Sunday, July 25, 2010

Reflections on a Sunday: The Doctor in the Family

“This anti-inflammatory medicine or whatever it's suppose to be doesn’t work for my knee,” my husband grumbled one morning while walking into the bathroom. This was the first week after his outpatient knee surgery for an old army injury. “It keeps hurting,” he added for emphasis. This was my signal to stop and take notice.

“Are you taking it around the clock?” I replied over the sound of water rushing from the faucet.

“What?” he asked while massaging the knee with his hand.

I held up one finger and finished brushing my teeth. “The anti-inflammatory. Did you take it around the clock like it was prescribed?” I turned off the water and patted by mouth with a towel. “Babe, the key is that you have to take it even when you don’t have pain to get the best benefit.”

"No, I just took it when my knee hurt. I thought it was a pain medicine? You know I'm not big on popping pills. I've been taking at least one or two of these horse pills a day." He reached into the cabinet and grabbed the bottle of ibuprofen prescribed by the orthopedic surgeon. “Around the clock? So should I take one now?”

“Go ahead and eat something first, or at least drink something so you won’t get nauseated,” I answered. I opened the door to our bedroom and tip-toed down the hall toward the kitchen, using care not to prematurely awaken Isaiah and Zachary. I returned with a banana in one hand and a bag of frozen peas in the other. “Eat this banana to coat your stomach first, and here. . .” I tossed him the banana first and then the peas, “take it easy for a little bit and ice your knee with these frozen peas. They’ll form around your knee, and won’t get all melty. And remember to take the ibuprofen every eight hours with something on your stomach.” He nodded and did as I said. Two to three days later he didn't need the ibuprofen, and the knee felt much better.

Later that day, a friend called and asked me a question about her baby before calling her pediatrician. Her newborn had "a terrible rash on her face" and it wasn't getting better. "These icky white bumps," she said, "almost like acne, but it can't be that because she is only 6 days old. This is not normal!"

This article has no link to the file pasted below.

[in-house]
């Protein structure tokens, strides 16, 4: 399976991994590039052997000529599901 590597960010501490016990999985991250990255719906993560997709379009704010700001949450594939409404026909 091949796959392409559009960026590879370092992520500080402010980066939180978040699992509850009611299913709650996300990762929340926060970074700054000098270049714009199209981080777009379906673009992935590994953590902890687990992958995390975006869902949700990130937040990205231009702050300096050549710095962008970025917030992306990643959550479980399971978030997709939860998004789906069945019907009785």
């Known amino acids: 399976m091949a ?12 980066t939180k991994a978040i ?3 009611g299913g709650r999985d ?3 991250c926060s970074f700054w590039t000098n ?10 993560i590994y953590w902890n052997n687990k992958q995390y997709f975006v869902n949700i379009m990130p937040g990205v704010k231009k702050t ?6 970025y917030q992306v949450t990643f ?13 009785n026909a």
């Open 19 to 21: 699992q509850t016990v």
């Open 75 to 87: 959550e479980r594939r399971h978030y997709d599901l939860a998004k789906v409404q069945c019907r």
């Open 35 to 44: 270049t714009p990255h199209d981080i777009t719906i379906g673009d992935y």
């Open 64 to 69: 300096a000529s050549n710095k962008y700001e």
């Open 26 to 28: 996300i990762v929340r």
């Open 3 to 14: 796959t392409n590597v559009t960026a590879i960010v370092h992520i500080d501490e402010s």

I looked at the time on my cell phone. 5:20 p.m. If she called her pediatrician, they would route her to the on-call person. If she wasn't comfortable speaking to an advice nurse or on-call person, or if the on-call person was one of those "just go to emergency" people, she'd be spending the evening in the ER--exposing her newborn to who-knows-what. I thought about all the things people tell you about giving medical advice to people that aren't in your immediate family. (Things like "don't.") But the more I listened to her escalating new-mom anxiety, the more I knew I'd figure out a way to break that rule.

I had an idea. "Can you send me a picture of it? Like maybe a multi-media text?"

"Sure!" she answered. In a flash (literally), we were off the phone and the picture had come over my iPhone. And the photo was exactly what I predicted it would be. I chuckled to myself and then called her right back.

neonatal acne courtesy of "dermeister" (not my friend's baby)

"Hey, girl," I started.

She interrupted me. "Isn't it just awful? Should I go in tonight? Do you think they will have to draw blood?"

"Umm, no. . .not at all, actually. This looks like neonatal acne. You called it right the first time. They have such immature little sweat glands that they get all clogged up. It's nothing to worry about especially since you told me she is wetting diapers and nursing just fine. In fact, it's a really classic newborn rash."